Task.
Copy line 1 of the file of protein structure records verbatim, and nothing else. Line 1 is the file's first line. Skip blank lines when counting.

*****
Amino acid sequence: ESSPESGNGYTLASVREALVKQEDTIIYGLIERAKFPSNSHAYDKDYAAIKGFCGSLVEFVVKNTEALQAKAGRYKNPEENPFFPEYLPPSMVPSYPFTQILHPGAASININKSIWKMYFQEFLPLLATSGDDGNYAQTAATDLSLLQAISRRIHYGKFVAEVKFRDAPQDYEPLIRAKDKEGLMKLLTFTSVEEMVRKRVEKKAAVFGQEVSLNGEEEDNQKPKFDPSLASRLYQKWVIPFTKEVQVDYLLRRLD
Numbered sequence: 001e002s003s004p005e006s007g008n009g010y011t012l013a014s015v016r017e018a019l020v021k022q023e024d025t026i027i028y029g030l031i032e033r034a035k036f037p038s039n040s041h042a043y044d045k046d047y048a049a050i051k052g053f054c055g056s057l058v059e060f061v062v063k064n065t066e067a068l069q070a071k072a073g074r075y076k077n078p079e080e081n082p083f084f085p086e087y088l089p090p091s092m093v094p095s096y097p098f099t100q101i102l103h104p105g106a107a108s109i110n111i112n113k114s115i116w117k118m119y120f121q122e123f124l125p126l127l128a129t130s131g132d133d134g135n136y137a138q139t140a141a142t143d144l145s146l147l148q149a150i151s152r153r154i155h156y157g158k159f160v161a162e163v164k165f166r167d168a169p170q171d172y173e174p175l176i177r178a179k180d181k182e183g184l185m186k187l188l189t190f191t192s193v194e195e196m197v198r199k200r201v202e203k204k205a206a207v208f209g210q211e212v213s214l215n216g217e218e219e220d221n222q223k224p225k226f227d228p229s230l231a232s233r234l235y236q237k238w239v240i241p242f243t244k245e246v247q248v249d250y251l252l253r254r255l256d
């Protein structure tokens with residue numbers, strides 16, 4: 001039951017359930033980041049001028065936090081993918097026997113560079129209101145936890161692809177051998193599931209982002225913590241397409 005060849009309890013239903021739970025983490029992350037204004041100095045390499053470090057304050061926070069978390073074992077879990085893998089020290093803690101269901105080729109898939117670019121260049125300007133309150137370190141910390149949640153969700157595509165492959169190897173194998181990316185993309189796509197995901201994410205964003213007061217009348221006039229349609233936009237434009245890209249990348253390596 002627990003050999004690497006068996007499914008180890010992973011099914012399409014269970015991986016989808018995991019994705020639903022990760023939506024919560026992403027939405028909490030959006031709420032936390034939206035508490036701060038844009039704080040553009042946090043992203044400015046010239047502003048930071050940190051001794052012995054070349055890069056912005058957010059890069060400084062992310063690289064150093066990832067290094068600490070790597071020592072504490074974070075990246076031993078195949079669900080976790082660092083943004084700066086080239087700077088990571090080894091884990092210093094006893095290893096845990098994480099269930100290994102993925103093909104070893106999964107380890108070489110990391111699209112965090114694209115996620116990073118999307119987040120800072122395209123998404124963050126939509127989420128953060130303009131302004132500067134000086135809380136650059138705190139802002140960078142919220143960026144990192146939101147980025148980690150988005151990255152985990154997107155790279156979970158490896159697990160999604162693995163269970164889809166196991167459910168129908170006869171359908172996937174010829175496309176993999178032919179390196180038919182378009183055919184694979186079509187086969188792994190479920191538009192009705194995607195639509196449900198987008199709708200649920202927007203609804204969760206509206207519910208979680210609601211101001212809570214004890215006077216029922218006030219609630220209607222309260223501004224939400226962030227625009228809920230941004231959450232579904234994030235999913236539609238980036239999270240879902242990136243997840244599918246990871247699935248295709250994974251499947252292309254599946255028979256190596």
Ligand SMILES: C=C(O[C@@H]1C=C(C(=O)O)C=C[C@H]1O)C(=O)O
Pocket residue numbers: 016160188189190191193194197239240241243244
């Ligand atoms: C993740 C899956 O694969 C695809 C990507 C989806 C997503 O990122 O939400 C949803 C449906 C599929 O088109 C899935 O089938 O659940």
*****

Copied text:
Amino acid sequence: ESSPESGNGYTLASVREALVKQEDTIIYGLIERAKFPSNSHAYDKDYAAIKGFCGSLVEFVVKNTEALQAKAGRYKNPEENPFFPEYLPPSMVPSYPFTQILHPGAASININKSIWKMYFQEFLPLLATSGDDGNYAQTAATDLSLLQAISRRIHYGKFVAEVKFRDAPQDYEPLIRAKDKEGLMKLLTFTSVEEMVRKRVEKKAAVFGQEVSLNGEEEDNQKPKFDPSLASRLYQKWVIPFTKEVQVDYLLRRLD